I buy a Pepsi, thank her and we exchange smiles again. As I walk out into the light I am returned to a place almost void of activity. Sarah and I sit on plastic chairs outside the shop, shaded from the biting sun by a tree completely motionless in the still air. Nothing seems to want to move here, even the trees seem relaxed.
The shop faces onto a square, to one side of which sits a small church, painted yellow with its doors open to would be worshipers. A man rides past slowly on a bicycle. One of those slow almost effortless rides which suggest he really doesn’t have to be anywhere anytime soon. He barely even notices us as his legs flow with the pedals, it’s like he’s sleep cycling.
We drink the Pepsi in silence, soaking up the calm inherent in this place and in these people. The town has only a few dozen buildings split into blocks by even fewer roads. Some of the houses are barely standing and obviously abandoned to time, trees and grass spilling from their interiors as they are taken back by nature. I wish I could maintain a lifestyle and a mind state such as the simplicity I see here. For now though, just visiting once in awhile and seeing how the world can be is enough.
We finish off the Pepsi and cross the square to our car, there is barely a soul in sight to bid us farewell. As we drive out of town a few small groups of people are gathered here and there. They stare hard at us, unused to tourists passing through. We exchange smiles and waves and then we are gone, leaving them to wonder at our existence for a few seconds more before they return to their own realities.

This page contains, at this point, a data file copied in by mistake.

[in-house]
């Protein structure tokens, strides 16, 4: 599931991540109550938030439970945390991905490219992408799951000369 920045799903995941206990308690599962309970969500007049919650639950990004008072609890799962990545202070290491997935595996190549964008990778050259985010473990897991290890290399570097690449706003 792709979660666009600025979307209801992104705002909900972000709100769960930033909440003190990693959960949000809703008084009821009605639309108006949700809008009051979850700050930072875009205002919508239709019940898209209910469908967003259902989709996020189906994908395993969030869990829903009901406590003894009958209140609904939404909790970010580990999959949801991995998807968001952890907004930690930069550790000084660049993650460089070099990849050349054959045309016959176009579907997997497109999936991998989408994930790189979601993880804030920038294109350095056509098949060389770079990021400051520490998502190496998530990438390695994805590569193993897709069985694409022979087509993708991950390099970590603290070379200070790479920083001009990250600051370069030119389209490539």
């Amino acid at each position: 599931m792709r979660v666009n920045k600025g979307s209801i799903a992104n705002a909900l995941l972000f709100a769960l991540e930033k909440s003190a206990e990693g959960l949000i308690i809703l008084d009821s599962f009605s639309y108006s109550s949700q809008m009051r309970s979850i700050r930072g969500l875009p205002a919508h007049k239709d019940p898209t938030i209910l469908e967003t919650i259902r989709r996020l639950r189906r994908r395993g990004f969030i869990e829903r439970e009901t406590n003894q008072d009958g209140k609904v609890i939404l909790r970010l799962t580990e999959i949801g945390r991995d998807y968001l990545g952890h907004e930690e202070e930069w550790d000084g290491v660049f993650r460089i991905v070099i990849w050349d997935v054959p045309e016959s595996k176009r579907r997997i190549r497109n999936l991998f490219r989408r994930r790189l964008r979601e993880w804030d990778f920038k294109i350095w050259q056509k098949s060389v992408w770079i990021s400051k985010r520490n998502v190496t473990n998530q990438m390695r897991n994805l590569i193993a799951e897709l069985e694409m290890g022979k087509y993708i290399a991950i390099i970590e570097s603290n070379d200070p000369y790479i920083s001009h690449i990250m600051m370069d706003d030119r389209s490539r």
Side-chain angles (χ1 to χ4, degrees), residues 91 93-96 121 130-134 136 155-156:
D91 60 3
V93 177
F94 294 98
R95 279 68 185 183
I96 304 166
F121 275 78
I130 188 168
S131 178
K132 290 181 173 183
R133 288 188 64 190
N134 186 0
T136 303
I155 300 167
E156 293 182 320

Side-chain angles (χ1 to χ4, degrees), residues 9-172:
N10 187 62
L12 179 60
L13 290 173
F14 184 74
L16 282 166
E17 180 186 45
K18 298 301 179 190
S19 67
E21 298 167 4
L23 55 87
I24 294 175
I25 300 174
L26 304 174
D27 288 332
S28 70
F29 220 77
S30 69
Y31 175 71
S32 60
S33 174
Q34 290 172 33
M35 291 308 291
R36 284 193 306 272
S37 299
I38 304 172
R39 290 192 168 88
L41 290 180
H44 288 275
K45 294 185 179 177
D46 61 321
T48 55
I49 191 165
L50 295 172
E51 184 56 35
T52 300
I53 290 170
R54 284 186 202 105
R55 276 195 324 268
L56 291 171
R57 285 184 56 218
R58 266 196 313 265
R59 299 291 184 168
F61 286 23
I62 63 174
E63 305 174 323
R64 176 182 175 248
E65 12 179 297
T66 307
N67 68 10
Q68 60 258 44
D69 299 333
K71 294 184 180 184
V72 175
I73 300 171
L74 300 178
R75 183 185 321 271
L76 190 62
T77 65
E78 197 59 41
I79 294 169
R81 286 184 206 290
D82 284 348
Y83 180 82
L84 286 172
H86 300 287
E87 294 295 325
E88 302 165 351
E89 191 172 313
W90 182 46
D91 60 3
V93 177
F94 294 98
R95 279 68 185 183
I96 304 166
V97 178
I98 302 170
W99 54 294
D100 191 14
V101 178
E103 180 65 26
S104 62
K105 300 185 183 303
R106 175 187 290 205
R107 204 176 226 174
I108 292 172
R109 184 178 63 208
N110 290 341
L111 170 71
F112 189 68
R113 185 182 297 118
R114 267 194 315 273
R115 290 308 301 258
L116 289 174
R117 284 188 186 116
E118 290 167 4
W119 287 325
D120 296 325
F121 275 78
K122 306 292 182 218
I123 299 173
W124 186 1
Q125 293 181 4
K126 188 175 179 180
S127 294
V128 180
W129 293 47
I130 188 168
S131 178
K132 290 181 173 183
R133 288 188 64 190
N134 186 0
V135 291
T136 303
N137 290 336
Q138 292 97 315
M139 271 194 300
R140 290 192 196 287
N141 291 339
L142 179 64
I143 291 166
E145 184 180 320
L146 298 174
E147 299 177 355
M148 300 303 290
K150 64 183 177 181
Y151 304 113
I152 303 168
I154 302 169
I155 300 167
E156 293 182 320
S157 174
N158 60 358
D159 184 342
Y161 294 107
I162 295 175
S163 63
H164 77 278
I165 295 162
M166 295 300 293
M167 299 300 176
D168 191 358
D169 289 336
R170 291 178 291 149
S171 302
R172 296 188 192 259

On the road again, driving past broken down signs and gateways of old Rancheros either abandoned or barely in use. Past more little towns forgotten by time, waiting for a random set of events to pull us into another random town most often missed by tourists and locals alike.
There seem to be thousands of these small towns spread across the Yucatan and Quintana Roo. As you drive along signs pop out of nowhere with names you cannot pronounce, pointing to a barely visible road which leads to another barely populated place.
There are a number of big old colonial towns like Valedollid and Merida which pull in the tourists, local and otherwise. There are also mid sized towns like Izamal which occasionally bring “big city life” to the middle of nowhere. For me though the true heart of Mexico lies in the little towns spread sporadically along its back roads. Surrounded by dense jungle and swallowed by a time outside of time, their names forgotten as one blurs into the next, clones of each other yet each one somehow unique.
They remind me, even if only for a short time, that all the stuff, all the issues and perceived problems I deal with daily, imagined and otherwise, all that stuff just really does not matter. I need to refocus on why we are living this lifestyle and the opportunities it provides. I realize the not smoking is bringing me down, but I need to man up and get over it. I mean, I’m living in Mexico for little baby haysooses sake!
Little Baby Haysoos